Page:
Vanity Publishing

There seems to be some confusion about vanity publishing, and I totally understand that. With more and more authors choosing to self-publish and use “author services” to help them with that, vanity publishers are finding it easier to slither in and grab the unsuspecting. So let’s be clear:

You should never pay a publisher to publish your book.

If you plan to self-publish, you can expect to pay a cover designer, an editor, a proofreader, an interior formatter… You can expect to pay for an ISBN, perhaps several, depending on how many formats you want to publish in. If you’re doing an audiobook, you can expect to pay the talent (that is, your voice actor/narrator). But—here it is again because it can’t be said too often:

You should never pay a publisher to publish your book.

Never, never, never should you pay someone to put their label/logo/imprint on your work. A successful publisher—and that’s the only kind you want—makes its money from selling its authors’ books. It does not make money from authors paying for editing, covers, etc. If that’s how it makes its money, IT IS A VANITY PRESS. Run far, far away and never look back.

They’ll try to make it sound reasonable. “Well, we’ll sell you copies of your book at a discount.” But then they’ll add something like, “You have to agree to buy at least 100 copies.” They’ll tell you that “this is how publishing works.” It isn’t. Publishing works by investing in books they think will sell and then selling those books to readers. Not back to the author.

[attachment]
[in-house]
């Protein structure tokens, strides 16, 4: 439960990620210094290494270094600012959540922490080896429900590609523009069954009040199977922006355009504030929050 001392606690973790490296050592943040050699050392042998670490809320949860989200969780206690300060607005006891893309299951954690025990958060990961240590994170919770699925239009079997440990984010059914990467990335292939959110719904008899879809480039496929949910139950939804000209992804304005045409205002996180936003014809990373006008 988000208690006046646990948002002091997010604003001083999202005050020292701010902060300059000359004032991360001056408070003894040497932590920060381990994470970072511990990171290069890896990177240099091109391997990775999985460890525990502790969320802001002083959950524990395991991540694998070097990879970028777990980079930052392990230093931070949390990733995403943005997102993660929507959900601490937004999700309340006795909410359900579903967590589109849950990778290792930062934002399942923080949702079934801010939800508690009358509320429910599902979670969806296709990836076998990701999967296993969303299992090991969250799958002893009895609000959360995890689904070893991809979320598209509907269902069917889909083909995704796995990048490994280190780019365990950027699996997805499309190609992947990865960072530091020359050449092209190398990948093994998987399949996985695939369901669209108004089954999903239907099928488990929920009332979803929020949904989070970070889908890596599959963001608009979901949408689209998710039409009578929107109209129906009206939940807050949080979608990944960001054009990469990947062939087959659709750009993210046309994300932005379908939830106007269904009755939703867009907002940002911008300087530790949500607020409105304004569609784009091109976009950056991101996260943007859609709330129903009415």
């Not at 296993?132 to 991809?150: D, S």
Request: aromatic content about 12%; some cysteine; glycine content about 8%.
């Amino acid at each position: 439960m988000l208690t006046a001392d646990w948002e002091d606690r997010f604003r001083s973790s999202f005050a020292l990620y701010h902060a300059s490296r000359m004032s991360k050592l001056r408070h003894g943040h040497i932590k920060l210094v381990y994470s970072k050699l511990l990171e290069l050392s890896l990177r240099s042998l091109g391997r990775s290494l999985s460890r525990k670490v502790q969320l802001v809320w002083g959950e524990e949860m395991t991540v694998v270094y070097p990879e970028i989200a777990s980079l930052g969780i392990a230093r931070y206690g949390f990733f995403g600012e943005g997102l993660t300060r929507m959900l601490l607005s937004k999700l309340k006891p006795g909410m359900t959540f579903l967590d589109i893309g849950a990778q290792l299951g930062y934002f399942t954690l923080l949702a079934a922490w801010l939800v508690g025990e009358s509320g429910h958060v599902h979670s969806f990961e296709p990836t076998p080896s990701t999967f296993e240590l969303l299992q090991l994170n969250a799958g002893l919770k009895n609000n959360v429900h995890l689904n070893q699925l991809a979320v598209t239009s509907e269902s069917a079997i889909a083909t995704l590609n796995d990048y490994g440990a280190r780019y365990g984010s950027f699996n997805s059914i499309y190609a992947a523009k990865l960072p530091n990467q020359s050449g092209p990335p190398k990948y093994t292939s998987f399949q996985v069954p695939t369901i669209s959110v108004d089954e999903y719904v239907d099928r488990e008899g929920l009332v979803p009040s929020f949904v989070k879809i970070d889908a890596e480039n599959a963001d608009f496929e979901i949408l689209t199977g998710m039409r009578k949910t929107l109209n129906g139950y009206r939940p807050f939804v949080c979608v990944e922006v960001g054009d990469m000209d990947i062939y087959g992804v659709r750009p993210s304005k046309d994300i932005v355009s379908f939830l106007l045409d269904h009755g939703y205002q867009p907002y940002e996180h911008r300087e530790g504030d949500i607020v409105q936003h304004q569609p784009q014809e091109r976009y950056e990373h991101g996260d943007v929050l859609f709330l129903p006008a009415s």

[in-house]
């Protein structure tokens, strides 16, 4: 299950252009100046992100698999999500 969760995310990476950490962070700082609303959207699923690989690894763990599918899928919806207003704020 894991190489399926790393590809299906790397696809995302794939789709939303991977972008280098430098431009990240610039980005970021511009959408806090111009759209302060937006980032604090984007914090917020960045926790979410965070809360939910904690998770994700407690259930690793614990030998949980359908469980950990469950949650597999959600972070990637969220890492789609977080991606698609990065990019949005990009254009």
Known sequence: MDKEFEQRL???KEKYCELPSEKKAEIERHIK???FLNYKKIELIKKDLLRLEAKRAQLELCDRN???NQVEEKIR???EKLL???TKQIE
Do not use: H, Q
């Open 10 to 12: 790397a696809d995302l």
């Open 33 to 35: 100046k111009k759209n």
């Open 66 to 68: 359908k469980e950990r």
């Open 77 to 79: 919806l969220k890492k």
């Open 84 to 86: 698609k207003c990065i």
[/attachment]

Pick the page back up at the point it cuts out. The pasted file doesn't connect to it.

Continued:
Vanity publishers will say that it’s only fair that you pay them for all that work—the cover, the editing, etc. That may sound reasonable to you, but STOP. A publisher’s very job is to provide those things to its authors. Random House doesn’t charge its authors for any of that stuff. No good publisher does. A real, true publisher has a staff of editors, designers, marketers who do all that and are paid by the publisher who, again, makes its money by selling books to readers.

Make sense?

A genuine publisher finds manuscripts it believes it can sell. It invests in those manuscripts and authors. It publishes those books and makes its money from those books. (And the author makes money from those books, too.)

Money comes to the author. The author does not pay.

Self-publishing is a bit different because the author is investing in him- or herself by paying out of pocket for the things a publisher would normally provide. Ideally, the book will sell and the author will recoup that money and make even more over the lifetime of the book. This is the crack that vanity publisher try to exploit. They offer the author all those things—the cover design, the editing—but they charge for it AND they intend to make the author pay for his or her own work. Nor will vanity publishers work to sell your book. They’ve already made their money off you; they aren’t motivated to sell the actual book except right back to the author who already paid thousands of dollars for the “privilege” of having this vanity publisher’s logo slapped on his book.

If you can’t find a genuine publisher, self-publish. Not only will it cost far less than vanity, but you’ll keep your rights and have complete control of your work. If you aren’t comfortable self-publishing, put that manuscript aside and write the next one. Keep trying until you find an agent or proper publisher. But don’t fall into the desperate trap of vanity publishing.

Not sure about a publisher? Check with Victoria Strauss of Writer Beware.